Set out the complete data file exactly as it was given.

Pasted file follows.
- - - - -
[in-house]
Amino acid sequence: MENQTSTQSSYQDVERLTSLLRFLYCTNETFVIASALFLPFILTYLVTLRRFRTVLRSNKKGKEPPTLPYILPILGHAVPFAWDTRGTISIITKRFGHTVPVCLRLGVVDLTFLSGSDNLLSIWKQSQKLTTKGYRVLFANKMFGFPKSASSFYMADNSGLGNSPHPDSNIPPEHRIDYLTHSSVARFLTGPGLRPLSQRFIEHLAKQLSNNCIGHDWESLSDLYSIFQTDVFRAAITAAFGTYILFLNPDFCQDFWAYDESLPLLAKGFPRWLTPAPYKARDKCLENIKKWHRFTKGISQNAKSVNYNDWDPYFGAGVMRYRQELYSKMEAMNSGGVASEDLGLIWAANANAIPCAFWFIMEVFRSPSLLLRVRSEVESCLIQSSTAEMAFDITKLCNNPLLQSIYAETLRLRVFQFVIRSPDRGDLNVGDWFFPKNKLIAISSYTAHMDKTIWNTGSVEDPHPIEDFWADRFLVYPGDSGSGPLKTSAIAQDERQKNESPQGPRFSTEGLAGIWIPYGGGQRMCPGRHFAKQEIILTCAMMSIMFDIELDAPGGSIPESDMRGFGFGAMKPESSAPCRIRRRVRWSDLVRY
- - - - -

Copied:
[in-house]
Amino acid sequence: MENQTSTQSSYQDVERLTSLLRFLYCTNETFVIASALFLPFILTYLVTLRRFRTVLRSNKKGKEPPTLPYILPILGHAVPFAWDTRGTISIITKRFGHTVPVCLRLGVVDLTFLSGSDNLLSIWKQSQKLTTKGYRVLFANKMFGFPKSASSFYMADNSGLGNSPHPDSNIPPEHRIDYLTHSSVARFLTGPGLRPLSQRFIEHLAKQLSNNCIGHDWESLSDLYSIFQTDVFRAAITAAFGTYILFLNPDFCQDFWAYDESLPLLAKGFPRWLTPAPYKARDKCLENIKKWHRFTKGISQNAKSVNYNDWDPYFGAGVMRYRQELYSKMEAMNSGGVASEDLGLIWAANANAIPCAFWFIMEVFRSPSLLLRVRSEVESCLIQSSTAEMAFDITKLCNNPLLQSIYAETLRLRVFQFVIRSPDRGDLNVGDWFFPKNKLIAISSYTAHMDKTIWNTGSVEDPHPIEDFWADRFLVYPGDSGSGPLKTSAIAQDERQKNESPQGPRFSTEGLAGIWIPYGGGQRMCPGRHFAKQEIILTCAMMSIMFDIELDAPGGSIPESDMRGFGFGAMKPESSAPCRIRRRVRWSDLVRY